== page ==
Directed By: Sam Raimi
Starring: Sharon Stone, Gene Hackman, Russell Crowe
Tag line: "In this town, you're either one or the other"
Trivia: Sharon Stone was so insistent that Leonardo DiCaprio appear in the film that she paid his salary personally.
Typically, the most exciting scene in any western is the showdown, where two gunfighters face off against each other, but only one walks away. Such scenes, when handled correctly, can be incredibly tense, and will raise an audience’s pulse rate in a way few other action sequences, western or otherwise, could hope to achieve. Because they’re so exhilirating, filmmakers usually reserve these mono e mono battles for the movie's finale. With The Quick and the Dead, director Sam Raimi has crafted a western that, from start to finish, is nothing but showdowns, and what’s more, each one manages to out-do the last.
Every year, the town of Redemption stages a contest to determine who has the fastest draw in the territory. The challenge is open to all comers, and everyone has an equal chance at victory…providing they’re willing to kill their opponent for it. John Herod (Gene Hackman), a gun-toting former outlaw who now serves as the mayor of Redemption, is the long-running champion, but some new blood has just rolled into town. Ellen (Sharon Stone), a quick-drawing beauty with a mysterious past and an obvious score to settle, may give Herod a run for his money, as might “The Kid” (Leonardo DiCaprio), Herod’s long-forgotten son who’s just as handy with a sidearm as his infamous old man. Herod may even face off against Cort (Russell Crowe), his former partner in crime who's renounced violence in favor of peace. With such stiff competition in this year’s contest, there’s no telling who will be crowned the quickest gun…and who will end up dead.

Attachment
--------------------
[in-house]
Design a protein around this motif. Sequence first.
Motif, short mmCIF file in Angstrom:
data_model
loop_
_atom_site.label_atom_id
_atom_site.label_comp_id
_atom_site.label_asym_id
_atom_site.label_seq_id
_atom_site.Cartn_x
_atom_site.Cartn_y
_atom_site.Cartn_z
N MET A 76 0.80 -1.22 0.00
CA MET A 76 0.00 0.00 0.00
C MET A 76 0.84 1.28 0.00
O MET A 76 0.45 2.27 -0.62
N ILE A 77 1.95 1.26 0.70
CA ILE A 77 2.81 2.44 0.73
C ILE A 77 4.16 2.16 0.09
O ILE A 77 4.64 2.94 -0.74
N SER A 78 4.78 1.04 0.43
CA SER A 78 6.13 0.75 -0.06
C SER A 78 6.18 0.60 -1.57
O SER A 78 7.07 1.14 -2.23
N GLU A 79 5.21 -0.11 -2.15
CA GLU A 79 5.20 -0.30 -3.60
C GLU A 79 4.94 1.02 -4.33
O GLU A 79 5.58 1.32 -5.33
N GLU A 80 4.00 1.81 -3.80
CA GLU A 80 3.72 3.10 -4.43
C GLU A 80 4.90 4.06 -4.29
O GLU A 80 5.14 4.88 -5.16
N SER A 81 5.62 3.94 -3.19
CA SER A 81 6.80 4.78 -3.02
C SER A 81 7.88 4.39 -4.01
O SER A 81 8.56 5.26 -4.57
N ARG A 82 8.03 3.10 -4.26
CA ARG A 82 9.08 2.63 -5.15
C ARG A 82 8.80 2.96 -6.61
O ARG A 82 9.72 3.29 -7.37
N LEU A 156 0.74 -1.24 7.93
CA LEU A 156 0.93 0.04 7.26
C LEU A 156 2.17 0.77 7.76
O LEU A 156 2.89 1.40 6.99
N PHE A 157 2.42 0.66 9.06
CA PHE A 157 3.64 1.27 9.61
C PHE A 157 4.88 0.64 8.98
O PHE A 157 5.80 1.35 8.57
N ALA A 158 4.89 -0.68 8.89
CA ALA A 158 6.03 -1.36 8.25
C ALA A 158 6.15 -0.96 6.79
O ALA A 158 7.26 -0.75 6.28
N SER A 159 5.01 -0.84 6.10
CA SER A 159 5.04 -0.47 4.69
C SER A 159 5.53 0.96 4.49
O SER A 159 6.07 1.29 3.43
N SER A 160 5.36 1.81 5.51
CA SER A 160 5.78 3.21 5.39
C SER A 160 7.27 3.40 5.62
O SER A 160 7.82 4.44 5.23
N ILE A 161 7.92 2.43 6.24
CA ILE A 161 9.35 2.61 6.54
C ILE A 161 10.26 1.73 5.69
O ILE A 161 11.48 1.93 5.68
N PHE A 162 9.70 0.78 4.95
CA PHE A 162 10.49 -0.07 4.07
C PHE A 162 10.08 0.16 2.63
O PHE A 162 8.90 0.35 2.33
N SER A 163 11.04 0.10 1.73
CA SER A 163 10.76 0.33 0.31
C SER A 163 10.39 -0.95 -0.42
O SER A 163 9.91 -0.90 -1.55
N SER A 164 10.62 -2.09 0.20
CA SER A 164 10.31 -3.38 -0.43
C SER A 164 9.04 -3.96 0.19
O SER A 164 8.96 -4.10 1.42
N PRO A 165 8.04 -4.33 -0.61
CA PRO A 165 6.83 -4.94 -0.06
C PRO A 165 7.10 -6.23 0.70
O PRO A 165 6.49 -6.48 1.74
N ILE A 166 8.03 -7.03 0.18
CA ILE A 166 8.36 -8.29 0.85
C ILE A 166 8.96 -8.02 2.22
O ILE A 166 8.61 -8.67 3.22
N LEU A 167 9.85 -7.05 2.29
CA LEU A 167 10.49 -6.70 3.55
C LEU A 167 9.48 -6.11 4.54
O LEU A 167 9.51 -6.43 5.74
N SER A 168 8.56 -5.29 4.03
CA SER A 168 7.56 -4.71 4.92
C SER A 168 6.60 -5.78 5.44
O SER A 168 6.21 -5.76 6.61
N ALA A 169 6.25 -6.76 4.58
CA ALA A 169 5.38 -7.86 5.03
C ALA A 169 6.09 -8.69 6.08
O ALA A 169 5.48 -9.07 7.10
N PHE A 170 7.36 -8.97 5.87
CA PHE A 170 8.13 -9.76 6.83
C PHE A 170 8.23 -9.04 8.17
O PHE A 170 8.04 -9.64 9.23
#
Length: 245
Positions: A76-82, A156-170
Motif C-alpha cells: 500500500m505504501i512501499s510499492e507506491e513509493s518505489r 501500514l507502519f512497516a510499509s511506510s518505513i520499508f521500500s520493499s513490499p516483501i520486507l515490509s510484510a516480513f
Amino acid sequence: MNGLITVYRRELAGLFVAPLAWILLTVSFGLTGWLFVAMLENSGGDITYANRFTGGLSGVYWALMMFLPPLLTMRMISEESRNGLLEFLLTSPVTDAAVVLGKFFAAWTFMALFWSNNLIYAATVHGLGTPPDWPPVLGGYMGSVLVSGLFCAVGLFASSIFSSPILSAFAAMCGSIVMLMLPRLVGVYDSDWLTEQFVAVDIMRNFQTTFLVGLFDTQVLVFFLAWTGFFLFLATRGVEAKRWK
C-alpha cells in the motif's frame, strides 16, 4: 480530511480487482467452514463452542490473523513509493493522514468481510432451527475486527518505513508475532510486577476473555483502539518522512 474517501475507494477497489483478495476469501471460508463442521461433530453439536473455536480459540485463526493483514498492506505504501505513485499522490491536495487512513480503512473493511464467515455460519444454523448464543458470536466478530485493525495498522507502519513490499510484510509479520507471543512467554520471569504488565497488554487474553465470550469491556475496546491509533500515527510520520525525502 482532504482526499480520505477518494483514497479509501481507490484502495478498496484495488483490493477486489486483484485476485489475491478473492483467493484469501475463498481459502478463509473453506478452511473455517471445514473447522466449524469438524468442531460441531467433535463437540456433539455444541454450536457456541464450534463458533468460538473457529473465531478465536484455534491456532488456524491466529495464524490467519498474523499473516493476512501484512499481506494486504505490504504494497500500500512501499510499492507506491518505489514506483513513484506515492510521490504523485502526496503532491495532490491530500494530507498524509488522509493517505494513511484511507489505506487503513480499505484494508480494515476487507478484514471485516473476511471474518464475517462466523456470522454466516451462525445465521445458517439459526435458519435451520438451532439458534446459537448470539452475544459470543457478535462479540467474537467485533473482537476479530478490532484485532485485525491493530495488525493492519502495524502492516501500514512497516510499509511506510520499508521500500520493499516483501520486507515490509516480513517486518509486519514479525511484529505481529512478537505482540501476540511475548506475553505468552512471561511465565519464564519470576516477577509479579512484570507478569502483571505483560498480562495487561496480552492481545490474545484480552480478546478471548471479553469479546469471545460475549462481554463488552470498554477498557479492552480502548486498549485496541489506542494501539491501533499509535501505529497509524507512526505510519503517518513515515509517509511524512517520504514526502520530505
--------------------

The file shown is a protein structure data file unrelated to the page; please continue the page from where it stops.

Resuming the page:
The Quick and the Dead has a dynamic style to it, one rife with such a vibrant, visual energy that director Raimi even manages to command our attention when the guns are still firmly in their holsters. The night before the competition begins, all the combatants assemble in a saloon owned and operated by Horace (Pat Hingle), who's also the official referee. One by one, gunslingers from all over the west sign themselves in; Ace Hanlon (Lance Henriksen), Sgt. Clay Cantrell (Keith David), Scars (Mark Boone Junior). Then, as a cold wind blows through the saloon, John Herod makes his grand entrance, and with him is his old partner, Cort, who Herod dragged to Redemption against his will so that he, too, could sign up for the fun. This entire scene in the bar is jam-packed with tension...and nobody’s even fired a shot yet! If just signing up is this exhilarating, imagine how awesome the contest will be.
The Quick and the Dead is a throwback, not to the classic films of Hollywood’s past, but the Spaghetti Westerns that emerged from Italy in the 1960’s and 70’s. Like them, The Quick and the Dead is piled high with plenty of pissed-off characters, over-the-top action sequences and a haunting musical score that blows through town like a tumbleweed. All of these elements operate in unison to make The Quick and the Dead a damned entertaining film
…and when the showdowns do kick into high gear, you best hold on tight.